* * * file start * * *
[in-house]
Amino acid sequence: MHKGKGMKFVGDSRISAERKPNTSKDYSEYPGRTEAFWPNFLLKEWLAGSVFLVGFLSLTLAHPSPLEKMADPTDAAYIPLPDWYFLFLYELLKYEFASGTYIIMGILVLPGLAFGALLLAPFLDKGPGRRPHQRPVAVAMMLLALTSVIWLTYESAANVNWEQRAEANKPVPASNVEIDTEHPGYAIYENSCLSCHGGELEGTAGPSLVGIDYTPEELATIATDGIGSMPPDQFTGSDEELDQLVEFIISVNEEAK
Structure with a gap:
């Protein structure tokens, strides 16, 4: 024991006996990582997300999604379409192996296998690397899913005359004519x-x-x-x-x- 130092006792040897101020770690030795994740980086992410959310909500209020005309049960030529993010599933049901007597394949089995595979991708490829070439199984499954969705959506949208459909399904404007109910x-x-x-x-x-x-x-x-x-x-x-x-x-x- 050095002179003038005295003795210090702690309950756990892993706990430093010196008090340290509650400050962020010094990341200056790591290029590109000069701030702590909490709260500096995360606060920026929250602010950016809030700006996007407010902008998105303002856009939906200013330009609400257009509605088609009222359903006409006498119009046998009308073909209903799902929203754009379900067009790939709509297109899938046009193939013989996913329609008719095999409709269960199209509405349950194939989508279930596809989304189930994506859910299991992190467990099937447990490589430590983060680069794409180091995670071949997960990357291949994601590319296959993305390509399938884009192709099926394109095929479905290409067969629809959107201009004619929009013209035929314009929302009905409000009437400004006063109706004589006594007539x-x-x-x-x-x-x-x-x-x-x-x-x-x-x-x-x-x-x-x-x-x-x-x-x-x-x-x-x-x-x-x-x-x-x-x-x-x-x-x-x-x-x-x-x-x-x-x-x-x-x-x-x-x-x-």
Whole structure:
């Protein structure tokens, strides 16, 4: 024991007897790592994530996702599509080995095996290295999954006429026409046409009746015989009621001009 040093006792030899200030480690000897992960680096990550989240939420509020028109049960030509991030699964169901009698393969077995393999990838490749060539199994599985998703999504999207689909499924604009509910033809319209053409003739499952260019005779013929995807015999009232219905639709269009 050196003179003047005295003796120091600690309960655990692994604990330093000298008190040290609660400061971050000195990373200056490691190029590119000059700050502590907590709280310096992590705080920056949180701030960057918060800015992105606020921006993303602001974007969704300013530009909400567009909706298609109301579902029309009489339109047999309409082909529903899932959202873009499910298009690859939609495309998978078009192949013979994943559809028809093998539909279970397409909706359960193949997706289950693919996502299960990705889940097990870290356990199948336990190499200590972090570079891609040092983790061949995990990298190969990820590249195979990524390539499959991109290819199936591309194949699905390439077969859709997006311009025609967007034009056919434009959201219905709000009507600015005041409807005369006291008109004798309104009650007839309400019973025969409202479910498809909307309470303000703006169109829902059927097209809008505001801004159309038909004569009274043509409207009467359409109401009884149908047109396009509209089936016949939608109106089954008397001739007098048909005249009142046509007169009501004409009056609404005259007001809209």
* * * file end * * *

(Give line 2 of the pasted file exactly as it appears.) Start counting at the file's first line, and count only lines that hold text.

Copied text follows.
Amino acid sequence: MHKGKGMKFVGDSRISAERKPNTSKDYSEYPGRTEAFWPNFLLKEWLAGSVFLVGFLSLTLAHPSPLEKMADPTDAAYIPLPDWYFLFLYELLKYEFASGTYIIMGILVLPGLAFGALLLAPFLDKGPGRRPHQRPVAVAMMLLALTSVIWLTYESAANVNWEQRAEANKPVPASNVEIDTEHPGYAIYENSCLSCHGGELEGTAGPSLVGIDYTPEELATIATDGIGSMPPDQFTGSDEELDQLVEFIISVNEEAK